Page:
An Introduction to Coding Theory
May 31, 2001
based on “Algorithmic issues in coding theory” by Madhu Sudan, an invited
paper to the Conference on Foundations of Software Technology and Theoretical
Computer Science, Kharagpur, India, 1997
1 The Problem
Suppose you have some message to send to a receiving party, but along the
way a portion of the message will be altered in random places. What can
you do to ensure that the other end will get the exact message? It is easy
to see that naive attempts such as duplicating the message or otherwise
encoding such redundancy will not work since the “noise” of transmission
occurs randomly, and in proportion to the length of the message. The same
issue arises in data storage, when a portion of the information is expected
to ’decay’ or otherwise be lost. Coding theory (and ’error-correcting codes’)
is the ﬁeld of solving such problems.
Suppose we have some message m which consists of k letters m1 m2 . . . mk
each from a ﬁxed alphabet Σ. Before sending the message over the noisy
channel, we ﬁrst encode the message as C(m), where C is some encoding
function we have chosen. The encoded message C(m) is of length n ≥ k,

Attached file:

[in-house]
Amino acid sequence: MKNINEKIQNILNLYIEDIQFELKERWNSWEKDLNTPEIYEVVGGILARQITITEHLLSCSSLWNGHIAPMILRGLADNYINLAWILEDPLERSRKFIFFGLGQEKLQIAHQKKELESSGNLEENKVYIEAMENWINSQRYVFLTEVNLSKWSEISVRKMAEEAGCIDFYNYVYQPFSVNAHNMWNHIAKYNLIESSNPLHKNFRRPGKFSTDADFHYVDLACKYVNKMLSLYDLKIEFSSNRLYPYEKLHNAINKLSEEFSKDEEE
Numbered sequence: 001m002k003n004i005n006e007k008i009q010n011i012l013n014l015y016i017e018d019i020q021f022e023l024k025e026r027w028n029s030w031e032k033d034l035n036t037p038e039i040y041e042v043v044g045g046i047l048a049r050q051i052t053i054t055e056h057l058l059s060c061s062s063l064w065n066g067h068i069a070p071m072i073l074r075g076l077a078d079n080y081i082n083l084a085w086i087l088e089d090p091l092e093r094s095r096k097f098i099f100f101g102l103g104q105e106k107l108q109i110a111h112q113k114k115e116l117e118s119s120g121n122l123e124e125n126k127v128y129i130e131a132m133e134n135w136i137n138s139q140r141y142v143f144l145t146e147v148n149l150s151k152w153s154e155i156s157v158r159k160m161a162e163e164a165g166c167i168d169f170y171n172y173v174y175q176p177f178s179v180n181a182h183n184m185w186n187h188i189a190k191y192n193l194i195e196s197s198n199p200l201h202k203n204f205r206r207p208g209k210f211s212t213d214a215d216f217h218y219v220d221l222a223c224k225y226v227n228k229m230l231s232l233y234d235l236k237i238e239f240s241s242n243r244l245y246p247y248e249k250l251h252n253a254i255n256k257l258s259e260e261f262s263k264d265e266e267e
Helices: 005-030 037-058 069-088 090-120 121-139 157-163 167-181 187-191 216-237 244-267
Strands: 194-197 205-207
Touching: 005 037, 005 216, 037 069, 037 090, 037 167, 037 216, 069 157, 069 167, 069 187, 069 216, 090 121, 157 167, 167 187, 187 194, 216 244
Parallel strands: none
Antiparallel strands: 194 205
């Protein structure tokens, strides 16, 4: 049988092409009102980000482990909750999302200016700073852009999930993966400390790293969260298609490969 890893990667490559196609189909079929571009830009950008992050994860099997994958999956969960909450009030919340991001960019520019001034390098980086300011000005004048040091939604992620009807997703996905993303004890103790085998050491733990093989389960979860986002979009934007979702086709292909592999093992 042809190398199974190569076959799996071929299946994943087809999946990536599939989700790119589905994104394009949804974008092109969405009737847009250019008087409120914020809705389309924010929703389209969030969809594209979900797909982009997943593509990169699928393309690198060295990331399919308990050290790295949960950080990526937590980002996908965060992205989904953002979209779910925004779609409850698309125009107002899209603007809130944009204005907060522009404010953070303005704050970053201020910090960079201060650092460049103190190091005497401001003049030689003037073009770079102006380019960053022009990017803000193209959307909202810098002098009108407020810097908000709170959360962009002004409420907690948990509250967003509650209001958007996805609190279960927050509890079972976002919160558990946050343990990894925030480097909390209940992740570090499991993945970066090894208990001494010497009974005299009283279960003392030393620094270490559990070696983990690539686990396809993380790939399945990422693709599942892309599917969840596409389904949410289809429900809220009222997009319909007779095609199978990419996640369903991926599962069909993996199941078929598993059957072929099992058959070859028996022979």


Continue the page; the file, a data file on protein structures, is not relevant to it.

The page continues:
(but still on the same alphabet). After transmission we get the received
message R, still of length n. Suppose that sending the message resulted in
up to t of the n letters being altered. From R (and knowing the coding
scheme C), we would like to be able to determine, with certainty, which
message m must have been sent.
We refer to an encoding C(m) as a codeword. Since typically n > k, the
set of codewords is a strict subset of the possible strings of length n. We
refer to the set of codewords as C. Our goal is to come up with some C such
that any two codewords C(m1), C(m2) ∈ C are not “close” to each other.
That way, given R and the number of errors t, we can deduce exactly which
codeword C(m) was sent. And from this, we can use a decoding function to
3 Hamming Distance
The typical measure of how “close” two (equal-length) strings are, is their
Hamming Distance ∆(m1, m2), which is simply the number of places where
they diﬀer. This is obviously a metric. ∆(m1, m1) = 0. ∆(m1, m2) =
∆(m2, m1). And it is easy to convince yourself that ∆(m1, m2)+∆(m2, m3) ≤
∆(m1, m3). (Given a series of alterations from m1 to m2, and from m2 to